Find out a little more about the author and his works in this very short excerpt from an archival BBC film. It’s an interesting peek at the man behind the astoundingly rich novels…
A longer documentary about Tolkien, narrated by Judi Dench:
Romantic love is far too complex to be covered in a two-hour movie, so on this Valentine’s Day, instead of hunkering down in front of the big screen (or the little one), we recommend curling up in your favorite chair and immersing yourself in a classic novel highlighting the joy, complexities and heartbreak of a romantic relationship.
I created six note-card size illustrations of some of my favorite authors with a twist of Valentine fun based on their famous works. (For example, Edgar Allan Poe’s valentine says, “Be still my tell-tale heart!”) I call them valentines for bookworms.
The literary mini note cards are now available in myEtsy shopfor just $3. (For a little more than a latte, you get an original, whimsical piece of art. Sounds good!) Here’s a peek at what the mini note cards look like. Note: The watermark doesn’t appear on the PDF I send you.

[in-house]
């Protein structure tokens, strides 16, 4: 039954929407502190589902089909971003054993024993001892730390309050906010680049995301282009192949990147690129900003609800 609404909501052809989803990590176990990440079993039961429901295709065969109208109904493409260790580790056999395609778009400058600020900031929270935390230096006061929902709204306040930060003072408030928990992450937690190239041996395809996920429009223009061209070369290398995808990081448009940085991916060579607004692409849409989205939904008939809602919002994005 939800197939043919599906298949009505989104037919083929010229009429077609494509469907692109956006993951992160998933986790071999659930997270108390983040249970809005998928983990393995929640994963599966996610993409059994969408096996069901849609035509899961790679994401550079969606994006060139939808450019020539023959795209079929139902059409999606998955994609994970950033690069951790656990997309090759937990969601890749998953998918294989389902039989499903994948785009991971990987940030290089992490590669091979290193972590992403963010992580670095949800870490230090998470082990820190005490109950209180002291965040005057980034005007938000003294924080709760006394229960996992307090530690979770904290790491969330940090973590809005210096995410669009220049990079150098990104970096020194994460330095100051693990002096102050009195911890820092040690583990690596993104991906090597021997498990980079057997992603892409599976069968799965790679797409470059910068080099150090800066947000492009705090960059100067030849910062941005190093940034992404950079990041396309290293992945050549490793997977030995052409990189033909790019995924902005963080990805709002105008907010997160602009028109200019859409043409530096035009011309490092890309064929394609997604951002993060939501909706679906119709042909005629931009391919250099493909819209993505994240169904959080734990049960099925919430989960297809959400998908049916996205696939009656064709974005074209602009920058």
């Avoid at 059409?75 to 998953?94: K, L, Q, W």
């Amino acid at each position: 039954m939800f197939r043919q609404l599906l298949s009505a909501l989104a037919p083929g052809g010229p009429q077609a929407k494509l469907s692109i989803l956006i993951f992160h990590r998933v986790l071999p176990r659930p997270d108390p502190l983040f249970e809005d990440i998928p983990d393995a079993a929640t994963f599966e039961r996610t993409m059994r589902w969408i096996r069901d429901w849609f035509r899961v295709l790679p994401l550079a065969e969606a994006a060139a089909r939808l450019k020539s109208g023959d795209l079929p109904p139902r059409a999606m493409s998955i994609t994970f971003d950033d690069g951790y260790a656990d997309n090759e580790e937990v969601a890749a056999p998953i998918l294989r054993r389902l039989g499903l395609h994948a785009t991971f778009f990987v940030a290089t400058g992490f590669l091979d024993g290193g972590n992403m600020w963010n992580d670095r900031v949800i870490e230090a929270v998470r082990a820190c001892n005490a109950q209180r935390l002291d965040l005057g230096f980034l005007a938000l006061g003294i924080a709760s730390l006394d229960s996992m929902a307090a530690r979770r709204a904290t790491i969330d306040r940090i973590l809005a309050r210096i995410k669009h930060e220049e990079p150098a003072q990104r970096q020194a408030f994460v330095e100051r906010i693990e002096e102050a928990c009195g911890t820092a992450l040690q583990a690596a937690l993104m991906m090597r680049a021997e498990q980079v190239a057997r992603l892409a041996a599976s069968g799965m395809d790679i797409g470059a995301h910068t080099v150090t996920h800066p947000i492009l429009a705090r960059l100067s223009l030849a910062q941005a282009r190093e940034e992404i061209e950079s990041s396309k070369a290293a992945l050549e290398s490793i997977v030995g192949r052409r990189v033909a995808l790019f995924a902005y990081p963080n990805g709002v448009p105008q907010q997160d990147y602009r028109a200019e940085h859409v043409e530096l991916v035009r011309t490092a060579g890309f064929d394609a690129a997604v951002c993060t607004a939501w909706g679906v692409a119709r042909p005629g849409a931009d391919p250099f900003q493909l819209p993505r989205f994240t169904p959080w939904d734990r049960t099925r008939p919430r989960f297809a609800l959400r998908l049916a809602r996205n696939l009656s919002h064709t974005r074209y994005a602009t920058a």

The set features:
Edgar Allan Poe (“The Tell-Tale Heart”)
Flannery O’Connor (“A Good Man Is Hard to Find”)
E.B. White (“Charlotte’s Web”)
Jane Austen (“Pride and Prejudice”)
George Orwell (“1984″)
Charlotte Bronte (“Jane Eyre”)
Ernest Hemingway (“A Farewell to Arms”)
Daphne DuMaurier (“Rebecca”)
For just $3, you get this PDF to make as many personal copies as you wish. Print them out on card stock to use them for Valentine’s Day, note cards, gift tags, etc.
Late one night, I remembered how I had been unable to send out Christmas cards, so I had promised my marketing friend Courtney Bosch that I’d make her a Valentine’s Day card instead. Then I thought, “If only stores had valentines for marketers!”
By the morning, I had a sketchpad with wording and concepts for the look of the following marketing valentines. After a couple of meetings with my colleague Corey O’Loughlin and a graphic designer, we had downloadable Valentines for Marketers from MarketingProfs.
Feel free to download the slides and hand them out to your co-workers and marketing friends. If you’re on Facebook, you may prefer sharing the images via our Valentines for Marketers album. (Note: This presentation made the Featured Presentations page for SlideShare!)